Home Why would SQL statement return out of ordered dataset?
Reply: 1

Why would SQL statement return out of ordered dataset?

ThN
1#
ThN Published in 2018-02-13 20:07:43Z

I have written a program that logs events into a db file as they happen using SQL statement. Whenever I open the table to view, I specifically request the dataset in descending order based on ALARM's date and time. It seems to work only for part of the table. I am using SQLite3 and my program is written in delphi or Pascal.

Here is the SQL statement:

SELECT * 
FROM Alarms 
ORDER BY datetime(ALARMTIME) DESC

Here is a snapshot of the table. Pay attention to the red arrows. That's where Alarm's date and time doesn't follow descending order. I don't know why this is happening.

lurker
2#
lurker Reply to 2018-02-15 15:38:11Z

I'm not sure how you created your date/time string in your database since that information wasn't given in the question. However, according to the documentation for the datetime() function, the format you have of MM/DD/YYYY HH:MM:SS xx is not one of the accepted formats. In fact, if you do SELECT datetime('1/23/2018 01:40:00 PM') at an SQLite prompt, you get NULL. Whereas, if you use an acceptable format, you do not: SELECT datetime('2018-01-23') gives '2018-01-23 00:00:00'.

So I think the solution is to write the ALARMTIME field using datetime('now'), which does yield a format accepted by datetime(). If you need to sort based upon the format you have now, you can't do it with datetime(). You'd need to reformat the field using string functions to get it in a form you could do a string compare with (e.g., as is done here).


The OP has indicated in a comment that the ALARMTIME is set using the following Pascal code:

FieldByName('AlarmTime').AsDateTime := now;

There's no guarantee that Pascal is going to use a date/time string format in this context that is compatible with SQLite's datetime() function. So Pascal date/time formatting functions can be used to create a format more specifically acceptable by SQLite's datetime(). Then you'd use something like:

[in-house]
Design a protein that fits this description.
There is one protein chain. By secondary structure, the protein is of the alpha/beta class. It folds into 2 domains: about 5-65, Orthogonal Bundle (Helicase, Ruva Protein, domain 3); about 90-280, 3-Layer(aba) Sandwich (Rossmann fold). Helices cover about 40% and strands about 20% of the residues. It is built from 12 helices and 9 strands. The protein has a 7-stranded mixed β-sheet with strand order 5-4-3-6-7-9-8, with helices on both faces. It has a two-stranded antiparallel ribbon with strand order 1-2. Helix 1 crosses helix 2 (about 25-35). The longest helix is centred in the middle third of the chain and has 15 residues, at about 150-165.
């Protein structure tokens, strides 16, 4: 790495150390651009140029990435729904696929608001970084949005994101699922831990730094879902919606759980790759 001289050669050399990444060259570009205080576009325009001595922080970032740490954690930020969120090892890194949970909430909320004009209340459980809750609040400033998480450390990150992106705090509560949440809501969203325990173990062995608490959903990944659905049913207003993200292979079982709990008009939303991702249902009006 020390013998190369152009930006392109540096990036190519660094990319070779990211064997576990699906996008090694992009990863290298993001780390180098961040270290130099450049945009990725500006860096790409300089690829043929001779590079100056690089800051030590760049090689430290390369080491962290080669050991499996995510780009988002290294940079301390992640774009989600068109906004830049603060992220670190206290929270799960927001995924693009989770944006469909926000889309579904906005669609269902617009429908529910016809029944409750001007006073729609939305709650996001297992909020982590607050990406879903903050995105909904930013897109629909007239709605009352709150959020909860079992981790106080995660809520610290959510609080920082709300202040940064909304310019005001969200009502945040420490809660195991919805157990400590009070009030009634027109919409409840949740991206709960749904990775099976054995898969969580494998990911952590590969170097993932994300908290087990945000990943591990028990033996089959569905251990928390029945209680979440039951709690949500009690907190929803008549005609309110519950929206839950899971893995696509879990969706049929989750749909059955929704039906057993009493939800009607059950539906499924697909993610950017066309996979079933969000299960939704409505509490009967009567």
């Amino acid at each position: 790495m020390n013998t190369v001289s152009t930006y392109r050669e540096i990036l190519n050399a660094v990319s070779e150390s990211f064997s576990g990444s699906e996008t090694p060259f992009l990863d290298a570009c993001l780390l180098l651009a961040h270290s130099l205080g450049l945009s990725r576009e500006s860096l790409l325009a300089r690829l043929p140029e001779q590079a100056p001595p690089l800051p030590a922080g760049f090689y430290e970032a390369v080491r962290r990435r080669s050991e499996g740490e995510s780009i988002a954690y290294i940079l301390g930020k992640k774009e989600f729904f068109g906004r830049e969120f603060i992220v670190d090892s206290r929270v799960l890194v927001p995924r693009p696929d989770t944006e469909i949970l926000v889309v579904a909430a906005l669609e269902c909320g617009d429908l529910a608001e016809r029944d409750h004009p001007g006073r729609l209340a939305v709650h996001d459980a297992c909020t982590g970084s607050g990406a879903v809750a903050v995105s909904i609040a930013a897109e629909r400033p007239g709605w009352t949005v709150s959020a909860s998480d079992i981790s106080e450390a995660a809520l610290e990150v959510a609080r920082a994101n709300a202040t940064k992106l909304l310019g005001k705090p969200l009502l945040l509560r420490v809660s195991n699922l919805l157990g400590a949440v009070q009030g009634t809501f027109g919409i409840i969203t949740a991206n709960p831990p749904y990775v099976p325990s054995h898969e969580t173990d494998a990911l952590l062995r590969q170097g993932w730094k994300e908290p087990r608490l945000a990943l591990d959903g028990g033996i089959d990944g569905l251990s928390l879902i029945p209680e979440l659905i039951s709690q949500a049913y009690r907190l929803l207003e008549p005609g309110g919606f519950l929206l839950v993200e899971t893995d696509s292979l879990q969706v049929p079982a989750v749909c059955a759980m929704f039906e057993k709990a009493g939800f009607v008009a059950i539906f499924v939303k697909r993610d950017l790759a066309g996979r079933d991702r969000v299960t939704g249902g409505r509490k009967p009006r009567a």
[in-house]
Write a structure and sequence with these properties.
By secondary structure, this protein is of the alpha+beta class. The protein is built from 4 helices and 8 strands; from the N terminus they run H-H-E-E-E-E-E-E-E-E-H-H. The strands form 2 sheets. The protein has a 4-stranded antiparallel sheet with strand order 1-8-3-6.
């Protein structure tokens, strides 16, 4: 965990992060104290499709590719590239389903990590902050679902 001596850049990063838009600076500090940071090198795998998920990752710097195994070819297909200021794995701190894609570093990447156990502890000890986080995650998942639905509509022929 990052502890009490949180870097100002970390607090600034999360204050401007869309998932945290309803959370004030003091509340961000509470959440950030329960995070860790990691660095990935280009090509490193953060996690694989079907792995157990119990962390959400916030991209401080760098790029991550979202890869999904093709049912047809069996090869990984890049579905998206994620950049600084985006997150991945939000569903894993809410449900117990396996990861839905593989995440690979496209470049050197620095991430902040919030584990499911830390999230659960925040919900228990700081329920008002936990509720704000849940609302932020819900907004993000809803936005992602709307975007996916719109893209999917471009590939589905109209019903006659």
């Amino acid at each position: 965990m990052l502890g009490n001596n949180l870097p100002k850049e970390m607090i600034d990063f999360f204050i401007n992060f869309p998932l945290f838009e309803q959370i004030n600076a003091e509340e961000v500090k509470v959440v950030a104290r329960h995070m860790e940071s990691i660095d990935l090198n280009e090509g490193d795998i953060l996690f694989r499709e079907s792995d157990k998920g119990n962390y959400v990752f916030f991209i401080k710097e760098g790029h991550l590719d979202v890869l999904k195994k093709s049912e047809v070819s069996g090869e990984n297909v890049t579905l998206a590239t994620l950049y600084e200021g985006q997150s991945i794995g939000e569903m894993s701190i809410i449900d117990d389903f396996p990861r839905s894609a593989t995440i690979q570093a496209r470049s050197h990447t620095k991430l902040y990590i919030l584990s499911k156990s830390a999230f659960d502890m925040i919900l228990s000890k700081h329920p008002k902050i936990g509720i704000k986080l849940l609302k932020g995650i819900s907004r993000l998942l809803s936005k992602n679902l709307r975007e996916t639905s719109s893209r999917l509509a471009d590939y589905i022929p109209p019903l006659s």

FieldByName('AlarmTime').AsString := FormatDateTime('YYYY-MM-DD hh:nn:ss',now);

Now this will change the default view of the date to YYYY-MM-DD .... If you still want your view of the table to show MM/DD/YYYY... then you'll either need to go back to my prior comment about processing the string on the fly in the comparison for sort, or write a little view formatting code so that it displays in a format that's different than what is stored internally, which is a common view/model separation technique.


If you can write your original ALARMTIME format as MM/DD/YYYY and make sure you pre-pad with zeroes (e.g., 01/09/2018 not 1/9/2018) then you can use SQLite's substr function:

SELECT * FROM Alarms
    ORDER BY (substr(ALARMTIME,7,4)||substr(ALARMTIME,1,2)||substr(ALARMTIME,4,2)||substr(ALARMTIME,11)) DESC

And you would create your ALARMTIME using this:

FieldByName('AlarmTime').AsString := FormatDateTime('dd-mm-yyyy hh:nn:ss', now);


The above solutions are fairly generic. Depending upon the client library you are using (which you have not specified), there may be another more suitable approach to solving the problem.

You cannot do, for example, SELECT * FROM Alarms ORDER BY ALARMTIME DESC and get an accurate sort since, for example, the date 12/1/2018 would come after 2/1/2018 in that sort ordering even though 2/1/2018 is later in time. This is because 2 follows 1 in the ASCII collating sequence.

If you need to keep your current ALARMTIME string format and not change how you're saving it, which is somewhat free form m/d/yyyy in which the day or month can have one or two digits, you're going to have a bit of work to do in order to sort it if your client library doesn't support some helpers in this regard. Perhaps your only other option would be to use a custom SQLite function. These are written in C and compiled and linked with SQLite. You'd have to find one already written, or write your own.

You need to login account before you can post.

About| Privacy statement| Terms of Service| Advertising| Contact us| Help| Sitemap|
Processed in 0.34843 second(s) , Gzip On .

© 2016 Powered by mzan.com design MATCHINFO